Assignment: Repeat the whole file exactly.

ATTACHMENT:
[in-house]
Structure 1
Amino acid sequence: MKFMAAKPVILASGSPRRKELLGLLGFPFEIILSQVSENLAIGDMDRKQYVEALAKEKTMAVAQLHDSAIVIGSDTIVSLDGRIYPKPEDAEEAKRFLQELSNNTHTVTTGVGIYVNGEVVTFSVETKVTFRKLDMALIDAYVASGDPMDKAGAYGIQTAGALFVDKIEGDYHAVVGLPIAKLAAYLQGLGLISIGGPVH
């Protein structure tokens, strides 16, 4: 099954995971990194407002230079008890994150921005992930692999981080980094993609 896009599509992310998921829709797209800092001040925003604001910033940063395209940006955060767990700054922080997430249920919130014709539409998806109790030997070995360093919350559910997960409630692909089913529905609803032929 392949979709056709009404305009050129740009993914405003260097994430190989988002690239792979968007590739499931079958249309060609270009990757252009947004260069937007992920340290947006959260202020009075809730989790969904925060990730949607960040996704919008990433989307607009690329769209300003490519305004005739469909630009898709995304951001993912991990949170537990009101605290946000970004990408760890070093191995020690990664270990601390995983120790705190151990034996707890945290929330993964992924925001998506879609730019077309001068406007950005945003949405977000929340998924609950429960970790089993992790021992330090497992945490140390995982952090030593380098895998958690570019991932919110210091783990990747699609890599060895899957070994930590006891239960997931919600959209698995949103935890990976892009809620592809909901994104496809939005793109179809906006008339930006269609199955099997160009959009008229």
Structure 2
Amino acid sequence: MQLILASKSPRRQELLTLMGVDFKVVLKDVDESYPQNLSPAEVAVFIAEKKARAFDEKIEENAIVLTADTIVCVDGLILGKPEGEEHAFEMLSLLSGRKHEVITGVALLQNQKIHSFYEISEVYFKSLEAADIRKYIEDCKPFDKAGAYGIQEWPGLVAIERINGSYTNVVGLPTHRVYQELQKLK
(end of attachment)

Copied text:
[in-house]
Structure 1
Amino acid sequence: MKFMAAKPVILASGSPRRKELLGLLGFPFEIILSQVSENLAIGDMDRKQYVEALAKEKTMAVAQLHDSAIVIGSDTIVSLDGRIYPKPEDAEEAKRFLQELSNNTHTVTTGVGIYVNGEVVTFSVETKVTFRKLDMALIDAYVASGDPMDKAGAYGIQTAGALFVDKIEGDYHAVVGLPIAKLAAYLQGLGLISIGGPVH
């Protein structure tokens, strides 16, 4: 099954995971990194407002230079008890994150921005992930692999981080980094993609 896009599509992310998921829709797209800092001040925003604001910033940063395209940006955060767990700054922080997430249920919130014709539409998806109790030997070995360093919350559910997960409630692909089913529905609803032929 392949979709056709009404305009050129740009993914405003260097994430190989988002690239792979968007590739499931079958249309060609270009990757252009947004260069937007992920340290947006959260202020009075809730989790969904925060990730949607960040996704919008990433989307607009690329769209300003490519305004005739469909630009898709995304951001993912991990949170537990009101605290946000970004990408760890070093191995020690990664270990601390995983120790705190151990034996707890945290929330993964992924925001998506879609730019077309001068406007950005945003949405977000929340998924609950429960970790089993992790021992330090497992945490140390995982952090030593380098895998958690570019991932919110210091783990990747699609890599060895899957070994930590006891239960997931919600959209698995949103935890990976892009809620592809909901994104496809939005793109179809906006008339930006269609199955099997160009959009008229």
Structure 2
Amino acid sequence: MQLILASKSPRRQELLTLMGVDFKVVLKDVDESYPQNLSPAEVAVFIAEKKARAFDEKIEENAIVLTADTIVCVDGLILGKPEGEEHAFEMLSLLSGRKHEVITGVALLQNQKIHSFYEISEVYFKSLEAADIRKYIEDCKPFDKAGAYGIQEWPGLVAIERINGSYTNVVGLPTHRVYQELQKLK